When I first saw this, I was sure it’s a bug. Well—it’s a feature!
In today’s short article, you’ll learn about a small Python trick that I call “string concatenation without +”. Let’s start with some code!
Plus vs. Adjacent String Literal Concatenation
>>> 'Fin' 'xter' 'Finxter' >>> 'Fin' + 'xter' 'Finxter'
There are two ways to concatenate string literals in Python:
- Using the
+operator between two string literals. This also works for variables.
- Using adjancent string literals without the
+operator. This doesn’t work for variables.
Does Adjacent String Concatenation Work For Variables?
No. Here’s a counter example:
>>> x = 'Fin' >>> y = 'xter' >>> x + y 'Finxter' >>> x y SyntaxError: invalid syntax
The reason can be found in the documentation:
Multiple adjacent string or bytes literals (delimited by whitespace), possibly using different quoting conventions, are allowed, and their meaning is the same as their concatenation. Thus,Python 3 Documentation
"hello" 'world'is equivalent to
Where to Use Adjacent String Concatenation?
You can use adjacent string concatenation to reduce the number of backslashes (to escape the newline character) or to split strings conveniently across lines, or even to add comments to parts of strings.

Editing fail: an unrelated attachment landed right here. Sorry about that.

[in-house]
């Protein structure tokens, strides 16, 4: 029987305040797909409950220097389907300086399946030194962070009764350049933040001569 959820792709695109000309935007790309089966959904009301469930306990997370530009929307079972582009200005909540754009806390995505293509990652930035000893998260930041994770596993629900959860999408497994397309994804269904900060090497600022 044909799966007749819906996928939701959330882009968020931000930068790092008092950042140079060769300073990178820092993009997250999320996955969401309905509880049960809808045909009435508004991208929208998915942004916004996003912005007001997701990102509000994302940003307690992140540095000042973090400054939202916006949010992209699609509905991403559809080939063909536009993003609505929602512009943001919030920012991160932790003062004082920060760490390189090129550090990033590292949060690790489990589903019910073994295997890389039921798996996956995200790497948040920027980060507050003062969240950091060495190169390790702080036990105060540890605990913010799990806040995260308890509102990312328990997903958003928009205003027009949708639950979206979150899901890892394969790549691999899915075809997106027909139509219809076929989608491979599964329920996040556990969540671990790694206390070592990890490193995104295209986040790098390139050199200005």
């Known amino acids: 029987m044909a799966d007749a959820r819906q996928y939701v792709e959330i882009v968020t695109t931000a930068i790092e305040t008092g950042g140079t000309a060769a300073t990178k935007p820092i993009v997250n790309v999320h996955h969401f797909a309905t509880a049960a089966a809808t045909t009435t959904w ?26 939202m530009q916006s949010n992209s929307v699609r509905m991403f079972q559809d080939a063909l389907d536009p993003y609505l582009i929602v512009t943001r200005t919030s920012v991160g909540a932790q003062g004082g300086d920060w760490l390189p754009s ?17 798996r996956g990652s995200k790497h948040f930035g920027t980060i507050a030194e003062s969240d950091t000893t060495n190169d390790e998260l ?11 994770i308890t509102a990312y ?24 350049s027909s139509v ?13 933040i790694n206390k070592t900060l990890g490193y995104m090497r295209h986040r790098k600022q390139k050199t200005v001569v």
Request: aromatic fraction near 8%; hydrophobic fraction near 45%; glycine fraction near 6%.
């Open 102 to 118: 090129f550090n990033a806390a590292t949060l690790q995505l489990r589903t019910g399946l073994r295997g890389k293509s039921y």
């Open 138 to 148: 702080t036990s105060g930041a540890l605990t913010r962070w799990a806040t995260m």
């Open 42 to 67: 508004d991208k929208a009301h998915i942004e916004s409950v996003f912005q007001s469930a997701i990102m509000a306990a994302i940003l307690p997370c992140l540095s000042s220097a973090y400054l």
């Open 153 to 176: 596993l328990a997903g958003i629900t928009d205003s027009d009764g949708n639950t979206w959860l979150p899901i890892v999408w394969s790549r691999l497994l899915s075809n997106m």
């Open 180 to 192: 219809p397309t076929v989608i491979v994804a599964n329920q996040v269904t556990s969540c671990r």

import re x = re.findall('[A-Za-z]' # Pattern Part 1: Upper or Lowercase '[a-z]+', # Pattern Part 2: Lowercase Letters 'Hello World') print(x) # ['Hello', 'World']
Note how this would be a bit confusing when using string concatenation with the plus + operator:
import re x = re.findall('[A-Za-z]' # Pattern Part 1: Upper or Lowercase + '[a-z]+', # Pattern Part 2: Lowercase Letters 'Hello World') print(x) # ['Hello', 'World']
The meaning is the same but it would be somehow confusing due to the overloaded meaning of the + operator for string concatenation and within the regex.
Can You Solve the Puzzle?
A well-designed puzzle conveys one single point that surprises the reader.
x = ‘py’ ‘thon’
What is the output of this code snippet?
You can check whether you solved this puzzle correctly in our interactive Finxter app! Are you a master coder?
Test your skills now!
While working as a researcher in distributed systems, Dr. Christian Mayer found his love for teaching computer science students.
To help students reach higher levels of Python success, he founded the programming education website Finxter.com. He’s author of the popular programming book Python One-Liners (NoStarch 2020), coauthor of the Coffee Break Python series of self-published books, computer science enthusiast, freelancer, and owner of one of the top 10 largest Python blogs worldwide.
His passions are writing, reading, and coding. But his greatest passion is to serve aspiring coders through Finxter and help them to boost their skills. You can join his free email academy here.